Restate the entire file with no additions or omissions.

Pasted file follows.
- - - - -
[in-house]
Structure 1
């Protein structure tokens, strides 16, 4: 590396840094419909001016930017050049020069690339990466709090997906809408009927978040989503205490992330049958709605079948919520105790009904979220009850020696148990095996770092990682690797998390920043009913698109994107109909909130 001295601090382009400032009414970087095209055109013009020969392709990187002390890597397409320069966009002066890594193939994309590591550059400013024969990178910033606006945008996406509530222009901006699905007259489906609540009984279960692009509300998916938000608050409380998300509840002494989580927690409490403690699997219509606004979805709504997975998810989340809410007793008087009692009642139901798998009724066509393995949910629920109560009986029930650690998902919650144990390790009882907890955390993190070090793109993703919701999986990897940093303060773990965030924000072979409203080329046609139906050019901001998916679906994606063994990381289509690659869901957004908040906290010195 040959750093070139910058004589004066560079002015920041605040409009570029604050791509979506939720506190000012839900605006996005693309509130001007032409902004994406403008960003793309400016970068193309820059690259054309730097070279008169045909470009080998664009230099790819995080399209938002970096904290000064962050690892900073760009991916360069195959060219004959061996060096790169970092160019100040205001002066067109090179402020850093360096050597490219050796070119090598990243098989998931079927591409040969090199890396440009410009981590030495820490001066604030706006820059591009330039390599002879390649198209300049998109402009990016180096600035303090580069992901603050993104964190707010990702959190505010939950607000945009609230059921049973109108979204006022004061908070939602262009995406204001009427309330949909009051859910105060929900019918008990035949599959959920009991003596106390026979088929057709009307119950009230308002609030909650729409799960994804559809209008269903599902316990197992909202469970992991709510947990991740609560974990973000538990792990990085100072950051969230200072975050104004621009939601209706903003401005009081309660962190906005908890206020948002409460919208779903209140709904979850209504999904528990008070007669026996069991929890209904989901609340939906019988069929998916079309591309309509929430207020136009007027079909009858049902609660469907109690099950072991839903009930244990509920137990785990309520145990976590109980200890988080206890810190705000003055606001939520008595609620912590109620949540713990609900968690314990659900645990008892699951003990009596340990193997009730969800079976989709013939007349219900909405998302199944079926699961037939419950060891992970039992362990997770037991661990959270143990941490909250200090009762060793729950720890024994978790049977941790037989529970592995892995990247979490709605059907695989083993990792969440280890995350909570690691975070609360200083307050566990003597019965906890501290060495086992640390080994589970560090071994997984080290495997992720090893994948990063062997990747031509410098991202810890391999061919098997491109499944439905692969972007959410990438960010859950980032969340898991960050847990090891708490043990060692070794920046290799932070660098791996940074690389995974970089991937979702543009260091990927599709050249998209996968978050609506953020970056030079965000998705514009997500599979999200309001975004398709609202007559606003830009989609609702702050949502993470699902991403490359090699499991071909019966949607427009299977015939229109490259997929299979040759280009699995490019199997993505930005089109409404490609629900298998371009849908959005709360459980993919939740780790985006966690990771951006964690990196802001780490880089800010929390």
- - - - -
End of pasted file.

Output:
[in-house]
Structure 1
């Protein structure tokens, strides 16, 4: 590396840094419909001016930017050049020069690339990466709090997906809408009927978040989503205490992330049958709605079948919520105790009904979220009850020696148990095996770092990682690797998390920043009913698109994107109909909130 001295601090382009400032009414970087095209055109013009020969392709990187002390890597397409320069966009002066890594193939994309590591550059400013024969990178910033606006945008996406509530222009901006699905007259489906609540009984279960692009509300998916938000608050409380998300509840002494989580927690409490403690699997219509606004979805709504997975998810989340809410007793008087009692009642139901798998009724066509393995949910629920109560009986029930650690998902919650144990390790009882907890955390993190070090793109993703919701999986990897940093303060773990965030924000072979409203080329046609139906050019901001998916679906994606063994990381289509690659869901957004908040906290010195 040959750093070139910058004589004066560079002015920041605040409009570029604050791509979506939720506190000012839900605006996005693309509130001007032409902004994406403008960003793309400016970068193309820059690259054309730097070279008169045909470009080998664009230099790819995080399209938002970096904290000064962050690892900073760009991916360069195959060219004959061996060096790169970092160019100040205001002066067109090179402020850093360096050597490219050796070119090598990243098989998931079927591409040969090199890396440009410009981590030495820490001066604030706006820059591009330039390599002879390649198209300049998109402009990016180096600035303090580069992901603050993104964190707010990702959190505010939950607000945009609230059921049973109108979204006022004061908070939602262009995406204001009427309330949909009051859910105060929900019918008990035949599959959920009991003596106390026979088929057709009307119950009230308002609030909650729409799960994804559809209008269903599902316990197992909202469970992991709510947990991740609560974990973000538990792990990085100072950051969230200072975050104004621009939601209706903003401005009081309660962190906005908890206020948002409460919208779903209140709904979850209504999904528990008070007669026996069991929890209904989901609340939906019988069929998916079309591309309509929430207020136009007027079909009858049902609660469907109690099950072991839903009930244990509920137990785990309520145990976590109980200890988080206890810190705000003055606001939520008595609620912590109620949540713990609900968690314990659900645990008892699951003990009596340990193997009730969800079976989709013939007349219900909405998302199944079926699961037939419950060891992970039992362990997770037991661990959270143990941490909250200090009762060793729950720890024994978790049977941790037989529970592995892995990247979490709605059907695989083993990792969440280890995350909570690691975070609360200083307050566990003597019965906890501290060495086992640390080994589970560090071994997984080290495997992720090893994948990063062997990747031509410098991202810890391999061919098997491109499944439905692969972007959410990438960010859950980032969340898991960050847990090891708490043990060692070794920046290799932070660098791996940074690389995974970089991937979702543009260091990927599709050249998209996968978050609506953020970056030079965000998705514009997500599979999200309001975004398709609202007559606003830009989609609702702050949502993470699902991403490359090699499991071909019966949607427009299977015939229109490259997929299979040759280009699995490019199997993505930005089109409404490609629900298998371009849908959005709360459980993919939740780790985006966690990771951006964690990196802001780490880089800010929390």